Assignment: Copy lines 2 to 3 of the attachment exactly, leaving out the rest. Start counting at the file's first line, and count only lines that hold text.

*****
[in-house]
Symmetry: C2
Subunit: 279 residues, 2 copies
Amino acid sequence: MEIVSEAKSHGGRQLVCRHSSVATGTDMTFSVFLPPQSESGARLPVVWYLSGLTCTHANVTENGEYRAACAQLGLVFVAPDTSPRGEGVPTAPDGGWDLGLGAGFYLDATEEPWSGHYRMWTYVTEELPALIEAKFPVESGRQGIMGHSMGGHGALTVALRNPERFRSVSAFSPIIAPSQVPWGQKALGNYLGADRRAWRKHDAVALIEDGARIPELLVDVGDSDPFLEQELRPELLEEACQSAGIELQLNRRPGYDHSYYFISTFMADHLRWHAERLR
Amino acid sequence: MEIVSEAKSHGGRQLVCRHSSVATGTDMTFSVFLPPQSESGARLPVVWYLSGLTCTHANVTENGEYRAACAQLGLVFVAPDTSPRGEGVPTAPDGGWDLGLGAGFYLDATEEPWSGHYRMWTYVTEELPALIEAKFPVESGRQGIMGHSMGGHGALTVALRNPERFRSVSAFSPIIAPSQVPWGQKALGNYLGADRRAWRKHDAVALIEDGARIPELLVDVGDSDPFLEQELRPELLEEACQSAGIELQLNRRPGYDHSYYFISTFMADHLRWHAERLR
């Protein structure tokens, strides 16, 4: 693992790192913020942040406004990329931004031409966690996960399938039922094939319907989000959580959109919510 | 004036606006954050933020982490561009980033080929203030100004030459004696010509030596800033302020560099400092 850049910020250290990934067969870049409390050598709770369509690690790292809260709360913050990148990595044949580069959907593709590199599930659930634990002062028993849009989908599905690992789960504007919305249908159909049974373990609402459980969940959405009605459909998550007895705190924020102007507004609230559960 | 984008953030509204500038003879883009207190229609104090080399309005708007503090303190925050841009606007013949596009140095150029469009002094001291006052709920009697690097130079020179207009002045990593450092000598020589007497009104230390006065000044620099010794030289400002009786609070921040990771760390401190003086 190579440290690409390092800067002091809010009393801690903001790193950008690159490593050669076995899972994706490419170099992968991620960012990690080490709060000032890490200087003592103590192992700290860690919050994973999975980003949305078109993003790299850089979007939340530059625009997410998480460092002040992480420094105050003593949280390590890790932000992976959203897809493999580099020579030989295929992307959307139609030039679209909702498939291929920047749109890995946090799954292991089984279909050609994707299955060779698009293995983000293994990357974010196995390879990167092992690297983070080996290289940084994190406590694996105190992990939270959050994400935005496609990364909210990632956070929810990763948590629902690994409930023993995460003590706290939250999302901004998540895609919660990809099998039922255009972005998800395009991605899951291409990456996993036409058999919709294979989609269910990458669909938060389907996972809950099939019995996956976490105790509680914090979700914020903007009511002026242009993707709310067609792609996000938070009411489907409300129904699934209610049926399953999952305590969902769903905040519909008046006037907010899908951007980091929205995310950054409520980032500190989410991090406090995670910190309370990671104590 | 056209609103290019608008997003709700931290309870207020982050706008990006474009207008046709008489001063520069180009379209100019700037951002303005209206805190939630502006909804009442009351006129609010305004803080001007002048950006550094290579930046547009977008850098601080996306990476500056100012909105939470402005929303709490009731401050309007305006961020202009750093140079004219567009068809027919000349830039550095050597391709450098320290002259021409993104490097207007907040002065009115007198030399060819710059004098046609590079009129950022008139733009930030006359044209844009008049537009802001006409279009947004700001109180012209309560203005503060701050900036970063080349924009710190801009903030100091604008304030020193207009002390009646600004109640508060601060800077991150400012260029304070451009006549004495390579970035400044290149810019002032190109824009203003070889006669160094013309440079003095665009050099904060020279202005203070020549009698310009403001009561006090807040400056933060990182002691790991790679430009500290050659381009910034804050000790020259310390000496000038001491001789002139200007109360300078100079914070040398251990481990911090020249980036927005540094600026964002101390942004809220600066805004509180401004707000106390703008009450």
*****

Symmetry: C2
Subunit: 279 residues, 2 copies